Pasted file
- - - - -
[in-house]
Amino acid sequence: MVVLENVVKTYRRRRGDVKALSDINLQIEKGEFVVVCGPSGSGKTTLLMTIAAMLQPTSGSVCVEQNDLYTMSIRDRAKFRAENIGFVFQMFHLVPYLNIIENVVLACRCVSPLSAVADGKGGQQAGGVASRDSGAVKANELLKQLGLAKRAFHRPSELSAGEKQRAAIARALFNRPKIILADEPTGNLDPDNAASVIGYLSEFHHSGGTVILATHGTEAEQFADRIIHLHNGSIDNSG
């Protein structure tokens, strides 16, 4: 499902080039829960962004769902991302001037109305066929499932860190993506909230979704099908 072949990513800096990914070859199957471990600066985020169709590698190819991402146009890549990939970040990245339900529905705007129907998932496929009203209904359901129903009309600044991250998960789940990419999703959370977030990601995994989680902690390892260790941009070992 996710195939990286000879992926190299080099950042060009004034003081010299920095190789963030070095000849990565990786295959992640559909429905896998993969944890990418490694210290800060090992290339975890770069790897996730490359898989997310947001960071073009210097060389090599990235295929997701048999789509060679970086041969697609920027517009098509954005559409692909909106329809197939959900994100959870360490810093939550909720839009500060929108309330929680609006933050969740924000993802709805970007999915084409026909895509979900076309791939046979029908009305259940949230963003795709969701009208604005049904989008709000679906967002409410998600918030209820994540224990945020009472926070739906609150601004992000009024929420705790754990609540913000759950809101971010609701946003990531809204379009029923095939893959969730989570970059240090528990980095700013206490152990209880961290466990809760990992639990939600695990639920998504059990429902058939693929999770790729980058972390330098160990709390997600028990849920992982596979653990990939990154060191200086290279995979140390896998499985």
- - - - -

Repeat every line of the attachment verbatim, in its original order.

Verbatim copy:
[in-house]
Amino acid sequence: MVVLENVVKTYRRRRGDVKALSDINLQIEKGEFVVVCGPSGSGKTTLLMTIAAMLQPTSGSVCVEQNDLYTMSIRDRAKFRAENIGFVFQMFHLVPYLNIIENVVLACRCVSPLSAVADGKGGQQAGGVASRDSGAVKANELLKQLGLAKRAFHRPSELSAGEKQRAAIARALFNRPKIILADEPTGNLDPDNAASVIGYLSEFHHSGGTVILATHGTEAEQFADRIIHLHNGSIDNSG
């Protein structure tokens, strides 16, 4: 499902080039829960962004769902991302001037109305066929499932860190993506909230979704099908 072949990513800096990914070859199957471990600066985020169709590698190819991402146009890549990939970040990245339900529905705007129907998932496929009203209904359901129903009309600044991250998960789940990419999703959370977030990601995994989680902690390892260790941009070992 996710195939990286000879992926190299080099950042060009004034003081010299920095190789963030070095000849990565990786295959992640559909429905896998993969944890990418490694210290800060090992290339975890770069790897996730490359898989997310947001960071073009210097060389090599990235295929997701048999789509060679970086041969697609920027517009098509954005559409692909909106329809197939959900994100959870360490810093939550909720839009500060929108309330929680609006933050969740924000993802709805970007999915084409026909895509979900076309791939046979029908009305259940949230963003795709969701009208604005049904989008709000679906967002409410998600918030209820994540224990945020009472926070739906609150601004992000009024929420705790754990609540913000759950809101971010609701946003990531809204379009029923095939893959969730989570970059240090528990980095700013206490152990209880961290466990809760990992639990939600695990639920998504059990429902058939693929999770790729980058972390330098160990709390997600028990849920992982596979653990990939990154060191200086290279995979140390896998499985």